How Will a Guardian Ad Litem Affect My Child Custody Case?
If you are going through a divorce, you will likely come across a variety of procedural rules that you will have to follow and many different legal terms you may not have heard before. One of these terms is “guardian ad litem.” Many divorcing couples do not understand the role of a guardian ad litem (GAL) or why one may be appointed by the court. However, this person can play an important part in decisions about child custody, so you will want to be sure to understand how to proceed if a GAL has been appointed.
What Is a Guardian Ad Litem?
In some divorce cases, matters related to the allocation of parental responsibilities and parenting time may need to be addressed by the judge. When making decisions about these issues, the judge must take a number of factors into consideration, including the home life of both parents, the financial situation of each parent and ultimately, what is best for the child.
While this information is all very important for a judge to have, he or she will be unable to perform extensive interviews with the parents, the child or other relevant parties, such as teachers, doctors, family members and counselors. To gather the required information, a judge may appoint a guardian ad litem who will investigate the case and report the findings to the judge. The GAL will typically prepare a written report, and each parent’s attorney may cross-examine the GAL in court. The judge is not bound by the recommendations made by the guardian ad litem, but he or she will usually take the report into great consideration when making decisions.
How to Work with a Guardian Ad Litem
The way you interact with the guardian ad litem becomes very important if your divorce involves disputes over child custody or visitation. Since the GAL essentially serves as the eyes and the ears of the court, anything that is said to him or her may be reported back to the judge.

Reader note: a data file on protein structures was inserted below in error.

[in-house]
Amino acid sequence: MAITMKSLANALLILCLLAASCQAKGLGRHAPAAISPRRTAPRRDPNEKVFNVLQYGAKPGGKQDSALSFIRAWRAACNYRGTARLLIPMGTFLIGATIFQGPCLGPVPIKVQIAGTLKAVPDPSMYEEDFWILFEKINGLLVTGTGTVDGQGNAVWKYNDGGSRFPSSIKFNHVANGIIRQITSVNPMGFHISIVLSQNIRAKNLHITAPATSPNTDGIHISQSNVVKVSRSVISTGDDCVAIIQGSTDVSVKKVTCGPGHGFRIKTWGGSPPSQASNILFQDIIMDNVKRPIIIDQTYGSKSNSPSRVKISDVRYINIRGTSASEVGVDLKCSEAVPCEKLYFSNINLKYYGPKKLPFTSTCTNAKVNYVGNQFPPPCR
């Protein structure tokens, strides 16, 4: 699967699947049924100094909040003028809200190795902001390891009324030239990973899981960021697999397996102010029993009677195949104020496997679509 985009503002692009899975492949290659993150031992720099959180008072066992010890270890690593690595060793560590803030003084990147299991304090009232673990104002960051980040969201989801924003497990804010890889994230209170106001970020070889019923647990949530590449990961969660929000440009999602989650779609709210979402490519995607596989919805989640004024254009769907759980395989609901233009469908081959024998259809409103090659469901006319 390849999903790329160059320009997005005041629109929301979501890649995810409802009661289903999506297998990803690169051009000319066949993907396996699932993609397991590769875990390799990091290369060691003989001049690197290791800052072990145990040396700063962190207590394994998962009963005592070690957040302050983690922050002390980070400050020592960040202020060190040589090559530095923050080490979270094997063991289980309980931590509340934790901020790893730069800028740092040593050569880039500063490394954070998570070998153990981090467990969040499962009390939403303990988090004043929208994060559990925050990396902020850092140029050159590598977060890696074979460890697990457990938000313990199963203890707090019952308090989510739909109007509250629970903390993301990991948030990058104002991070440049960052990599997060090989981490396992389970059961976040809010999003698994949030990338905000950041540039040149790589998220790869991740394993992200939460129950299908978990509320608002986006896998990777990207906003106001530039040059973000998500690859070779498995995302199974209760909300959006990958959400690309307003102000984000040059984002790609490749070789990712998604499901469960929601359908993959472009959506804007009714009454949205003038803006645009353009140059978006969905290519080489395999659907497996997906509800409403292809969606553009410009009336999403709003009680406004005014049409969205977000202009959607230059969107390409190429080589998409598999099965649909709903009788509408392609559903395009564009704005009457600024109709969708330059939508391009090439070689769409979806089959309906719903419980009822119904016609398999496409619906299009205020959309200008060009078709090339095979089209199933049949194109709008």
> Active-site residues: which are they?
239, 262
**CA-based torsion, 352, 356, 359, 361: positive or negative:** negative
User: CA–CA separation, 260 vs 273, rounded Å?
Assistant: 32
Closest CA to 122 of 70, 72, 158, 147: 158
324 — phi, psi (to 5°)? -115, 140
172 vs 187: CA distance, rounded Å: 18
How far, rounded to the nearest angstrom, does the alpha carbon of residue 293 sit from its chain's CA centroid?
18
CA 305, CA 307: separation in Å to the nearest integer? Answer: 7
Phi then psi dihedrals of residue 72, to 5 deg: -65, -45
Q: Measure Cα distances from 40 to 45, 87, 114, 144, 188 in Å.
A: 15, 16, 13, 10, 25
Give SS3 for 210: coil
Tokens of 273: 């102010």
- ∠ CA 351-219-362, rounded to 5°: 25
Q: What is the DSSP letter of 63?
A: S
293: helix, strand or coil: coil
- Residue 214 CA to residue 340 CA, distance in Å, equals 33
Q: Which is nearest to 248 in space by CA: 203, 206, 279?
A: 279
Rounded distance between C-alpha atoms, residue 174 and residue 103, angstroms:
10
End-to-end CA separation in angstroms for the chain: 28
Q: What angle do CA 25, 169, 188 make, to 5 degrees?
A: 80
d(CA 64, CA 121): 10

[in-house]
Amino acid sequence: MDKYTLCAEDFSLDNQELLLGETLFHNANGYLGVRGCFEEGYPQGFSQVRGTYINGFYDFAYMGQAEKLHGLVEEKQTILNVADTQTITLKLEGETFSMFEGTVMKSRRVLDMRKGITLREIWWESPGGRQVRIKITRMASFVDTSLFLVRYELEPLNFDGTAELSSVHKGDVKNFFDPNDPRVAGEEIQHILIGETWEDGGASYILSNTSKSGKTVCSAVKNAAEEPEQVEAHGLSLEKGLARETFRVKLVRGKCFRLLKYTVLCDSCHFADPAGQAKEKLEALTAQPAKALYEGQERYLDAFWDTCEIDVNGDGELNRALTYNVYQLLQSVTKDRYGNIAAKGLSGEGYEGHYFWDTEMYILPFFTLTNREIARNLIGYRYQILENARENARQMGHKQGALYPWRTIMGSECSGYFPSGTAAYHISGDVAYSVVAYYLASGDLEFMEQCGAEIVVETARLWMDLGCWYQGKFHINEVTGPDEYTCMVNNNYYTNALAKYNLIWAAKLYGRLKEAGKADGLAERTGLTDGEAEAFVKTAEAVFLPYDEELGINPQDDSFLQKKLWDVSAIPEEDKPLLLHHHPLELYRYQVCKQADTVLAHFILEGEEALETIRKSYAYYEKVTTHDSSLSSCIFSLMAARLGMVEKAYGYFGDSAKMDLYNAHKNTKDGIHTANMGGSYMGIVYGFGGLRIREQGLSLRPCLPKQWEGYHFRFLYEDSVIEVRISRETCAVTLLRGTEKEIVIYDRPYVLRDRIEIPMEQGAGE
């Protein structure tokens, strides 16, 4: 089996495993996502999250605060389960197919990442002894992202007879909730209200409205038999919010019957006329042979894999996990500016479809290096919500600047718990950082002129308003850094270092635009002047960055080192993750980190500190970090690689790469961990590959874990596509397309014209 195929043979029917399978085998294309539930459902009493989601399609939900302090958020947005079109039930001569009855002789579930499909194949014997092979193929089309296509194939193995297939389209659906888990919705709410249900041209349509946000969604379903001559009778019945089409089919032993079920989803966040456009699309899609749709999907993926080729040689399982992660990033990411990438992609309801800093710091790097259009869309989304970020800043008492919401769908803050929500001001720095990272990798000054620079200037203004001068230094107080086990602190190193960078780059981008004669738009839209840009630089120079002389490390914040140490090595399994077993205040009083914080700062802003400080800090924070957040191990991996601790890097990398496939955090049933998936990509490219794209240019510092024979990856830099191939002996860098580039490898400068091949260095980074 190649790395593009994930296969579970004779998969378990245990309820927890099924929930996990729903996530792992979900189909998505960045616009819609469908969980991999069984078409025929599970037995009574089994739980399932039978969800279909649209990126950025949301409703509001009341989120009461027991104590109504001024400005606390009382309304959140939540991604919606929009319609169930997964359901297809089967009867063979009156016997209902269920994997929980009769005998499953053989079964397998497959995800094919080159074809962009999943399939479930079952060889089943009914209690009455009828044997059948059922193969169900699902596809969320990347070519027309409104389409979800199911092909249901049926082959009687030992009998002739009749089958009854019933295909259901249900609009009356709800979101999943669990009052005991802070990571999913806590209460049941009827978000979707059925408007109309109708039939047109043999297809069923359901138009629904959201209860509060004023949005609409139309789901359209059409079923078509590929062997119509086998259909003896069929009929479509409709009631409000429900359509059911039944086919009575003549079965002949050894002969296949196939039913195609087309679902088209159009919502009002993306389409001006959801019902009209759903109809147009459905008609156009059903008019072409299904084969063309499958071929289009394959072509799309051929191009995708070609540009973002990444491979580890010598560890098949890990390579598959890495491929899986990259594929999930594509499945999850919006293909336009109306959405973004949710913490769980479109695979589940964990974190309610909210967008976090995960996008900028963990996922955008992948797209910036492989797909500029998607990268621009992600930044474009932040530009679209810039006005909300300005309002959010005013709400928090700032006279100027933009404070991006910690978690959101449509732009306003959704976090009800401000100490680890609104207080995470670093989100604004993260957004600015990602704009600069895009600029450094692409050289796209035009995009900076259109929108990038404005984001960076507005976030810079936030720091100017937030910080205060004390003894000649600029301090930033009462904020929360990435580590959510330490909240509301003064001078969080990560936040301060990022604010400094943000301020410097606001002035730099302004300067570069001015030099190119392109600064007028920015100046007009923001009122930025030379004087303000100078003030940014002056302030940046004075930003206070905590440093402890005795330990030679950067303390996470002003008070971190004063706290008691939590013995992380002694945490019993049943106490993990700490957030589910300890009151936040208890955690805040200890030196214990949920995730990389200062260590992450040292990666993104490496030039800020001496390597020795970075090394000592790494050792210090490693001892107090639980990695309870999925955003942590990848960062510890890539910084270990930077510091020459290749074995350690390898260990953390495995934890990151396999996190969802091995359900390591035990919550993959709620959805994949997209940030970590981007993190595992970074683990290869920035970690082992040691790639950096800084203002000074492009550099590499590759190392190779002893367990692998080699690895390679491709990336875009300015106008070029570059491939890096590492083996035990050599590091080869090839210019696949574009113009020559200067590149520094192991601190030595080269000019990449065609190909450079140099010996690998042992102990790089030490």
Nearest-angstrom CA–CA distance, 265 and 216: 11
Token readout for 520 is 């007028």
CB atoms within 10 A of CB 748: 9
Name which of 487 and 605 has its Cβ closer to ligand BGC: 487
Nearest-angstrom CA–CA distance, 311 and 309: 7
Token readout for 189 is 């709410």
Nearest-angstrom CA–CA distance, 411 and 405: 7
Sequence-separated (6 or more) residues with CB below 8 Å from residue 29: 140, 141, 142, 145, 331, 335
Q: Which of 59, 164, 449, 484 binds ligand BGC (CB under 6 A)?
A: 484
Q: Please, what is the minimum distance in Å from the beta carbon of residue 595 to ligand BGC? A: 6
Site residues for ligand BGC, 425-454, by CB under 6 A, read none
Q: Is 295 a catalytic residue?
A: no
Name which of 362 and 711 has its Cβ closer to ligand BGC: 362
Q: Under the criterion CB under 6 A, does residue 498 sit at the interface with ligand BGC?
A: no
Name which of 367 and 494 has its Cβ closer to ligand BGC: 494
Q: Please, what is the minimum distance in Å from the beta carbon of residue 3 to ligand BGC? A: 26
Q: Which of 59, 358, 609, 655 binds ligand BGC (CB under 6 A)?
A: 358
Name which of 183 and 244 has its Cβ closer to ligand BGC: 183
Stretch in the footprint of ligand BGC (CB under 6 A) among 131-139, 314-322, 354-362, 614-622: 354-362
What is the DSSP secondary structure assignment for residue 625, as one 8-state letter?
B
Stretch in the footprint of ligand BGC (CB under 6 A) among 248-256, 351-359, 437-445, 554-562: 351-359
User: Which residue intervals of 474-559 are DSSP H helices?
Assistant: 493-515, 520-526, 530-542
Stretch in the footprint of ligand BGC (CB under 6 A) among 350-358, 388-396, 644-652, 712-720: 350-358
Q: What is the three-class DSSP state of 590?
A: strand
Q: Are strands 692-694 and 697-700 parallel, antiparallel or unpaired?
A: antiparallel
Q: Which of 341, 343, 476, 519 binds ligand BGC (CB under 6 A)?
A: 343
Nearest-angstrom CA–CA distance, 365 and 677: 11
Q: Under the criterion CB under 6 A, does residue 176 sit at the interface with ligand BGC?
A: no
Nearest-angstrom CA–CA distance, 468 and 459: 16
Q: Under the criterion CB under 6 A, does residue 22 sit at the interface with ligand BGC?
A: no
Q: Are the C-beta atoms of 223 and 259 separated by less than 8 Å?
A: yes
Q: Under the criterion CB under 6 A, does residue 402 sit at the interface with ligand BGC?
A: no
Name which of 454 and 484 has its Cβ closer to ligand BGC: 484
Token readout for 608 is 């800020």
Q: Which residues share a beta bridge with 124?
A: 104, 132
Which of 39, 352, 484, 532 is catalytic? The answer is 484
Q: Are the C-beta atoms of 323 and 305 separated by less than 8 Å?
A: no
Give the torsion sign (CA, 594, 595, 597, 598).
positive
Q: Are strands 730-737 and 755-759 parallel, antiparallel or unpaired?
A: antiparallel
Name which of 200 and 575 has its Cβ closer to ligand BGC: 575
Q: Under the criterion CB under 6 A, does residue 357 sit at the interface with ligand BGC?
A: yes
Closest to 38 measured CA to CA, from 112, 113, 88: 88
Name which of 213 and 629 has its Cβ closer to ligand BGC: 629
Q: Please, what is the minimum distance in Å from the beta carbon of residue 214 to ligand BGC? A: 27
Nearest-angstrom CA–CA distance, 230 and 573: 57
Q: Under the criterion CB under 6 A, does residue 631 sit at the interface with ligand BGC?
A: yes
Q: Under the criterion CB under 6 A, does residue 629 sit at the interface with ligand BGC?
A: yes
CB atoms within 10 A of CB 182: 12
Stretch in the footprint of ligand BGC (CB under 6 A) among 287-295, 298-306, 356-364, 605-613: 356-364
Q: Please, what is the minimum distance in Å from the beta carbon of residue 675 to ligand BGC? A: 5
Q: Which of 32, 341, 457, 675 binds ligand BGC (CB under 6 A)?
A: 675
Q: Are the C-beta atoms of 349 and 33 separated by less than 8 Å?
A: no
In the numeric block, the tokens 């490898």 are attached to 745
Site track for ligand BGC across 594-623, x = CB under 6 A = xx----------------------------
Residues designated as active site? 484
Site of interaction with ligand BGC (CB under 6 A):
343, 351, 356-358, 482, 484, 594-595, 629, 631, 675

When a guardian ad litem performs an investigation, you may feel that you are under attack. However, a GAL is looking out for the child’s best interests. You should be friendly, open and honest about anything the guardian ad litem asks. A GAL is not looking for perfection. He or she will simply be trying to determine that you care about your children and are focused on their best interests.
While you may feel hostility toward your former partner during divorce, you should not let these emotions affect your children. If the GAL feels that one parent is more interested in punishing the other parent than in protecting the best interests of the child, these observations will likely be included in his or her report to the court. Although tension between you and your ex-spouse may have led to your divorce, these issues should not play a role in your relationship with your children.
Need Help with Your Child Custody Case? Speak to a Barrington Divorce Lawyer
Divorce proceedings can be complex, especially when children are involved. When addressing matters related to parental responsibility and parenting time, you should be sure to understand how Illinois law affects your case and the role a GAL may play in these decisions. Inverness family law attorney Nicholas W. Richardson can provide legal help throughout your divorce and help you reach an outcome that protects your parental rights and your children’s best interests. Contact us today at 847.873.6741 for your free consultation.